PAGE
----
Some people are so happy to pay to have a bespoke piece of clothing that advertises their Twitter username that Wellington company ‘tweet4yourtee’ has built a business on the back of it.
The use of such social media as a marketing, communications and selling tool is being used as a case study for its own business.
The start-up venture, which ‘director of awesomeness’ Tom Reidy says is the fastest to breakeven that he’s ever had, was thought up last December when he was having a curry with business partner Andrew Butel. The idea expanded, and the two brought in designer colleague Warren Sue and a tee shirt printer known to the company.
Since its official launch in January 2010, tweet4yourtee has developed to the stage that one employee spends about 20 hours a week on the business, with 70% of sales being to kiwis and 30% to American fans of the site.
“We want to push the boundaries that are affecting our own businesses,” Reidy says. “We’re using the social media and seeing how we can create fans who are crazy for what we are; tee shirts for twitterers.”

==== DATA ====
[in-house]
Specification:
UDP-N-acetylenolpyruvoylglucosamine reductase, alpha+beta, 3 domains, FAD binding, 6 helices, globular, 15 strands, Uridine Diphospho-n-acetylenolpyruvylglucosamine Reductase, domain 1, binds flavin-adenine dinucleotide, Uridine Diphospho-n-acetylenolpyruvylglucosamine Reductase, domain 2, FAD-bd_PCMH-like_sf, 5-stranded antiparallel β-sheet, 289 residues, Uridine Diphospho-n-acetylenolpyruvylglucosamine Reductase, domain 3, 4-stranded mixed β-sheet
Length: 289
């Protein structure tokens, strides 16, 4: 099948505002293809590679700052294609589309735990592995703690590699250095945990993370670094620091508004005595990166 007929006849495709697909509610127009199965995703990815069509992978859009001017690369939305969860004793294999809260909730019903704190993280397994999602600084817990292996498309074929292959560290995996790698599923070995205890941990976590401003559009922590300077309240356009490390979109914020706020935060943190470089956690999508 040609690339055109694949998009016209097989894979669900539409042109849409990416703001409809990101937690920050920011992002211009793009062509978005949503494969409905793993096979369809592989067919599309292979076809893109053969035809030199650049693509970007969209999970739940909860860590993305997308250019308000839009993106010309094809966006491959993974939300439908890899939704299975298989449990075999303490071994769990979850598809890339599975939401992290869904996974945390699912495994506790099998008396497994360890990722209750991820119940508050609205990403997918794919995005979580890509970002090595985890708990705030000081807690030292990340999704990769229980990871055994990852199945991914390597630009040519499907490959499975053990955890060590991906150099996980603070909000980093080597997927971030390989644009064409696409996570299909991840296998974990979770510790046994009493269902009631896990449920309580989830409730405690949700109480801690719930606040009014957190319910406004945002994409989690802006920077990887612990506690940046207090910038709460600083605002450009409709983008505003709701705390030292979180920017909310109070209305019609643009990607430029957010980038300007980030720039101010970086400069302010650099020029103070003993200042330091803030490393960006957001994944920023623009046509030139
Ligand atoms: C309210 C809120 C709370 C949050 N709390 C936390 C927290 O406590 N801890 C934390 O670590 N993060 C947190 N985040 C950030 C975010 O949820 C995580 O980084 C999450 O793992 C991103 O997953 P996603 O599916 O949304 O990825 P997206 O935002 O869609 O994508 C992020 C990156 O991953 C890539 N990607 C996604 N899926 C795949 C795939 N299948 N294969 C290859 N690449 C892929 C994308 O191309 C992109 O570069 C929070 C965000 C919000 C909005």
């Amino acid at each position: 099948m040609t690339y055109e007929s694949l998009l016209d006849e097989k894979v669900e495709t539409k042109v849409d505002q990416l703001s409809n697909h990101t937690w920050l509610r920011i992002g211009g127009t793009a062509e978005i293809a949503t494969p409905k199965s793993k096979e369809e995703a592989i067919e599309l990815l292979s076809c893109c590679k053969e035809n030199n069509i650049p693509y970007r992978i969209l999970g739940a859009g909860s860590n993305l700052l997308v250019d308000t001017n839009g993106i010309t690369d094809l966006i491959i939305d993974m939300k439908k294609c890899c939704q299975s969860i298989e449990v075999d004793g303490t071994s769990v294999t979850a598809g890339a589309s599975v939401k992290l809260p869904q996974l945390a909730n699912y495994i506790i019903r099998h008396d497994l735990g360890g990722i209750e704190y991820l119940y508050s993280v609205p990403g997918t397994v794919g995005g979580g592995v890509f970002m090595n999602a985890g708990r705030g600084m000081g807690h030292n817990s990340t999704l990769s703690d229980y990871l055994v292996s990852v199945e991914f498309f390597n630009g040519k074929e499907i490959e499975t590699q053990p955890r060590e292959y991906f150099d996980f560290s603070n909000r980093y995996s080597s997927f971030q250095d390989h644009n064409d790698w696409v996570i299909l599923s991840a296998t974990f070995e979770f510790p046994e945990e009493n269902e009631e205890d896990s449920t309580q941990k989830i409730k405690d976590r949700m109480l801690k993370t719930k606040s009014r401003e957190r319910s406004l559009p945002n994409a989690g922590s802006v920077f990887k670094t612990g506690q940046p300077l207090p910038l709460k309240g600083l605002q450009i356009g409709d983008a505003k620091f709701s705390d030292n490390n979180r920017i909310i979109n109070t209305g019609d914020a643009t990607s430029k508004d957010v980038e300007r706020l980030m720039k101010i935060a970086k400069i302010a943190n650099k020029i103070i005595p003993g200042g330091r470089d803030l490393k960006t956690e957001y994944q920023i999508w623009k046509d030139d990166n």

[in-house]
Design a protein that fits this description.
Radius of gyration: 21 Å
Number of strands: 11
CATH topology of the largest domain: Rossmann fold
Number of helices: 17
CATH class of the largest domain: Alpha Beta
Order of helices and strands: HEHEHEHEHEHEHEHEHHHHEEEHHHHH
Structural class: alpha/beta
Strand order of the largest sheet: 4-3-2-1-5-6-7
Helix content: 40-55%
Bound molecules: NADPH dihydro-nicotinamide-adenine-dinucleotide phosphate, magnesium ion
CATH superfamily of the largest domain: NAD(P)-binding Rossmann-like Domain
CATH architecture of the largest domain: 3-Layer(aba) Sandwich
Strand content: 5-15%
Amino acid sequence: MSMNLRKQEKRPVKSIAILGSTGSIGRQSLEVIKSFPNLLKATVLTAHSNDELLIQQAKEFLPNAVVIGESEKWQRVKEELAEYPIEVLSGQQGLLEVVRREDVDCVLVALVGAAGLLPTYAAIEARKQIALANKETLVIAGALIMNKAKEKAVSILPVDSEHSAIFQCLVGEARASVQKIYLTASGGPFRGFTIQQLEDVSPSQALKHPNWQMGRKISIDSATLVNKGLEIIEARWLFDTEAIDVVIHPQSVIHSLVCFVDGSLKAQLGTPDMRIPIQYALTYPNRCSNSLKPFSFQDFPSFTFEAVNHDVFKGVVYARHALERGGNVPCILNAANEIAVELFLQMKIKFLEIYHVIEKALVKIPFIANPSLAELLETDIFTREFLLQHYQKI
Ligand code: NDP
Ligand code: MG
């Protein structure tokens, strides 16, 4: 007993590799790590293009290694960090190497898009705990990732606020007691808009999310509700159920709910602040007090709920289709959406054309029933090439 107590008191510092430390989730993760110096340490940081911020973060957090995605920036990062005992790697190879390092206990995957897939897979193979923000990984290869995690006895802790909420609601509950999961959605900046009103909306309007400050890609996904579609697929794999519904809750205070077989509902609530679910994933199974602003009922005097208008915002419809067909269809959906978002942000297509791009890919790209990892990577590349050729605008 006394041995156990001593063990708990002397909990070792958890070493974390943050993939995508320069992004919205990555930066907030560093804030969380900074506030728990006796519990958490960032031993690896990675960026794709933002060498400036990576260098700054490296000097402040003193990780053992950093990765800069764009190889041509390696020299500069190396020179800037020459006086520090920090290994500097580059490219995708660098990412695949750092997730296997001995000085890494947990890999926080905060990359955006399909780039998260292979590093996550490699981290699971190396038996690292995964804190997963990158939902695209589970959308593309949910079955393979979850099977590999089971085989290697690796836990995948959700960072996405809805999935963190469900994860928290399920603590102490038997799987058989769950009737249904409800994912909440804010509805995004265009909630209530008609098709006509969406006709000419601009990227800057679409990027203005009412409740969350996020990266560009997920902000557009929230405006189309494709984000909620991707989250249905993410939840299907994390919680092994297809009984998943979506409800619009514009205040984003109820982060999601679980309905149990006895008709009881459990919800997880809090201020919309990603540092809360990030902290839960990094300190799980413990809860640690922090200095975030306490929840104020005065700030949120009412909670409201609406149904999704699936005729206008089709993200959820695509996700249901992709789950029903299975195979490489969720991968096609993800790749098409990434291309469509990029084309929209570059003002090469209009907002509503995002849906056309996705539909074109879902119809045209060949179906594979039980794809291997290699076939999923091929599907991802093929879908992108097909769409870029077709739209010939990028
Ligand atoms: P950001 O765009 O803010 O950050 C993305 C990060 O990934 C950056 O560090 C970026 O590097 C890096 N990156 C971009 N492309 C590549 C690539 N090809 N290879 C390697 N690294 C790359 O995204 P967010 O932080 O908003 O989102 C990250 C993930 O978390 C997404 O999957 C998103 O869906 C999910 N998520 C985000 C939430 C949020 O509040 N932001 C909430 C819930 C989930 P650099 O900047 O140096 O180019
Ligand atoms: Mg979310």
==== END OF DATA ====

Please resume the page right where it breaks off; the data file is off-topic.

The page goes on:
As well as tees selling for US$39, t4yt also produce one-off hoodees at US$69 and US$29 undees, in what was originally another fun extension but which has had a number of sales.
“We’ve deliberately set out to be a premium brand, and have a very specific style and quality,” he says.
Though communication is carried out via Twitter’s 140 character messages, ordering of the fan/user twitter address is carried out through the website. As yet there is no secure facility for Twitterers to pay via credit card over their phone.
Reidy says he’s a fan of the one page business plan and that t2yt’s growth intent is based around speed and connections. There’s very little the company can do from an intellectual property protection point of view; instead it will rely on developing relationships with it fans, ensure that a fun environment remains a signature part of its style and develop an international brand based on speed.
Next month t4yt is making a special line of pink and pink influences tees, all sales of which will result in a donation to Breast Cancer Awareness.
Reidy says his company wants to use social media and build “viral fan love.” T4yt deliberately doesn’t put its address on the Twittered tees of the people it sells to. “We want them to talk to each other,” he says.